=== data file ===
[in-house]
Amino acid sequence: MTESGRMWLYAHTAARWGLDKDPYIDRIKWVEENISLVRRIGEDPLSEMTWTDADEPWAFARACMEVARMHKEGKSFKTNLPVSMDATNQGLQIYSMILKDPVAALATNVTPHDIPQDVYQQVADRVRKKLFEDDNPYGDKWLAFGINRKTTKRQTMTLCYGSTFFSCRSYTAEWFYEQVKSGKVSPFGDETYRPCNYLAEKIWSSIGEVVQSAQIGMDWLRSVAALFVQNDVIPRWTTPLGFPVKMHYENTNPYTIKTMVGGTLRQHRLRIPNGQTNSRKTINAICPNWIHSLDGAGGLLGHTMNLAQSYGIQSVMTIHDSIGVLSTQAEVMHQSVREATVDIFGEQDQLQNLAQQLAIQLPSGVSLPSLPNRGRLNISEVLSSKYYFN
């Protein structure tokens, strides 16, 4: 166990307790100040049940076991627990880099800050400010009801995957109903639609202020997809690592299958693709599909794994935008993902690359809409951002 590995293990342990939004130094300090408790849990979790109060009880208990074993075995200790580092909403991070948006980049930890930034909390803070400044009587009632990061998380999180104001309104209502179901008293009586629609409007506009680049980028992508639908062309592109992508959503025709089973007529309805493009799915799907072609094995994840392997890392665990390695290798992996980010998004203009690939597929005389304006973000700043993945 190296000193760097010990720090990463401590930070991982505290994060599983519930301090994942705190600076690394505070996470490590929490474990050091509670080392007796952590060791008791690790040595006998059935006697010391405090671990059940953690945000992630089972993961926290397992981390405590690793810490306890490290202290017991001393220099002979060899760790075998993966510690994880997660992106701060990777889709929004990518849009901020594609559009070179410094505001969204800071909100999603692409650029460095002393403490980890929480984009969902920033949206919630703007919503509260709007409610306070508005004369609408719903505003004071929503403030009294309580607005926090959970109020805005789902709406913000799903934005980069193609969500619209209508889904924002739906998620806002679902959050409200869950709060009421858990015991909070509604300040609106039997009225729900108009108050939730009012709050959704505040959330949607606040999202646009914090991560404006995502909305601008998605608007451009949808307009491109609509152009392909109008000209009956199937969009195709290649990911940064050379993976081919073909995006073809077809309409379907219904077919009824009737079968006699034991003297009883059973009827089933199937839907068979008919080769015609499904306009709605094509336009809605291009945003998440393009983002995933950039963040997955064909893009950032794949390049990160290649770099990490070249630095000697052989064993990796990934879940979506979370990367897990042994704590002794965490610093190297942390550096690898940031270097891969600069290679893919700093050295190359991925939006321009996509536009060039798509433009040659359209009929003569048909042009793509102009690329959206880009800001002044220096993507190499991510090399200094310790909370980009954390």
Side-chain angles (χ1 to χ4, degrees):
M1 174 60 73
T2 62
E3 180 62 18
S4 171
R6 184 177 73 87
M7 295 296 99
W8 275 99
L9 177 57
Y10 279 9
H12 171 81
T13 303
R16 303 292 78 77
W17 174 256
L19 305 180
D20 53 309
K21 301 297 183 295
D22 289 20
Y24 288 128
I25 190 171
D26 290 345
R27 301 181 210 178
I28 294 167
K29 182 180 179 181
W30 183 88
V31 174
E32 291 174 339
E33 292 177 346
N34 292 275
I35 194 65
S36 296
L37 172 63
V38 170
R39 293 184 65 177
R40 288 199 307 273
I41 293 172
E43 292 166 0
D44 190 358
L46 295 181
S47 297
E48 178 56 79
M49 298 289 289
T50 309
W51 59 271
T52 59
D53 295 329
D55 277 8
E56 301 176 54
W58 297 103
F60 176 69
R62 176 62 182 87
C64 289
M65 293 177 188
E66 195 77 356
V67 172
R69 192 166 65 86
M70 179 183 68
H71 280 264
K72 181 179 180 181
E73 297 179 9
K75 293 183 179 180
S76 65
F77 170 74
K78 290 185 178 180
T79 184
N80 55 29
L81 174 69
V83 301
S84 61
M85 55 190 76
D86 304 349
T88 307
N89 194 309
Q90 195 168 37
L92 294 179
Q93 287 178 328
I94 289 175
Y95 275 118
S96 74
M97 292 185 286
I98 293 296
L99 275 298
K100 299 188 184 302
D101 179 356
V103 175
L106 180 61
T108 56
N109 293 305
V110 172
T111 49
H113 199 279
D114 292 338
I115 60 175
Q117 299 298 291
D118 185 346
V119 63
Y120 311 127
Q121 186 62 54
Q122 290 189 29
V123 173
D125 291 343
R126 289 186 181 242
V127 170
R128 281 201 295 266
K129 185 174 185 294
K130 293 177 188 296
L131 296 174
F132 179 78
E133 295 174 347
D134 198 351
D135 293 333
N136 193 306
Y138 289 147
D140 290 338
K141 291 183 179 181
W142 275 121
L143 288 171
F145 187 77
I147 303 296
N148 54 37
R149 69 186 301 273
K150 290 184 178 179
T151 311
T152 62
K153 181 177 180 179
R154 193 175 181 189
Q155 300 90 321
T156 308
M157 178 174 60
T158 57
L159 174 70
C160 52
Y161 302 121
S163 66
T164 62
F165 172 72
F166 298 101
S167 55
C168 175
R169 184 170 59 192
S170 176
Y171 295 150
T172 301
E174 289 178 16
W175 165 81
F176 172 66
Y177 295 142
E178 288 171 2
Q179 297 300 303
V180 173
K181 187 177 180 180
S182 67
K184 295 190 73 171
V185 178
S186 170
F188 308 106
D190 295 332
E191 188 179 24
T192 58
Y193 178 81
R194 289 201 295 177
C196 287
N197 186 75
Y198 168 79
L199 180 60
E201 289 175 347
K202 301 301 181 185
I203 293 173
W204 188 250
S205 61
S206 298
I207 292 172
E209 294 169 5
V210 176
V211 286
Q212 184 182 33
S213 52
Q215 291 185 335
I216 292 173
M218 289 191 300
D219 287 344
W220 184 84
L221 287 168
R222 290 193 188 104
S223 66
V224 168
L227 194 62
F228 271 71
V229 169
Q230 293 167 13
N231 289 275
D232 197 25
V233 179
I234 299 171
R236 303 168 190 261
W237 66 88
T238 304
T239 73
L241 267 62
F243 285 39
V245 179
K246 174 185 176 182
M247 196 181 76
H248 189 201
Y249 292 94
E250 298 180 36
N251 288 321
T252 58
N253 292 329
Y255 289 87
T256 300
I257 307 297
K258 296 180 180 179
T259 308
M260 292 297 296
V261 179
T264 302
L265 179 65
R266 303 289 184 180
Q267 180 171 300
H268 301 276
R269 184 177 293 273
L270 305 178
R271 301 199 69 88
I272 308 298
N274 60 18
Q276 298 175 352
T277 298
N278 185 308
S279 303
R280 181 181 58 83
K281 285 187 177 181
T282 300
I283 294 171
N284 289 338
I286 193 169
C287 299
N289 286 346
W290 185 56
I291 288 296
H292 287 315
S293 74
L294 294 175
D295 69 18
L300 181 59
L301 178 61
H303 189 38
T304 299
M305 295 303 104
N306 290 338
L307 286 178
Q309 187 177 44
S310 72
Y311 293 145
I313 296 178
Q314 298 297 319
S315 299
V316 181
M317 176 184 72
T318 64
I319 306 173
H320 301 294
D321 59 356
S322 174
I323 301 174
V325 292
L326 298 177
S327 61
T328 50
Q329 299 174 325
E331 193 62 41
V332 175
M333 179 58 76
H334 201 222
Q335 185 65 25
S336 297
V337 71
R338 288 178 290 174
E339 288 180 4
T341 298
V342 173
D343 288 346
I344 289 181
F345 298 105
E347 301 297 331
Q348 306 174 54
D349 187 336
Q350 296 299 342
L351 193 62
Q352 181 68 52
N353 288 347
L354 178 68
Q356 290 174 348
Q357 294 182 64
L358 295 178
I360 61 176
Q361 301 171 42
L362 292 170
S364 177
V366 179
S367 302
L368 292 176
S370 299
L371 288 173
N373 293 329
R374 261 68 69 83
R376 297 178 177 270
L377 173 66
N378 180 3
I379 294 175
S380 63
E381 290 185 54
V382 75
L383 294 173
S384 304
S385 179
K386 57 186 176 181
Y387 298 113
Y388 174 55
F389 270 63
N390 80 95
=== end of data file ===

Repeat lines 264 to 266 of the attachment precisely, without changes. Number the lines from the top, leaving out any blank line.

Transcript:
I319 306 173
H320 301 294
D321 59 356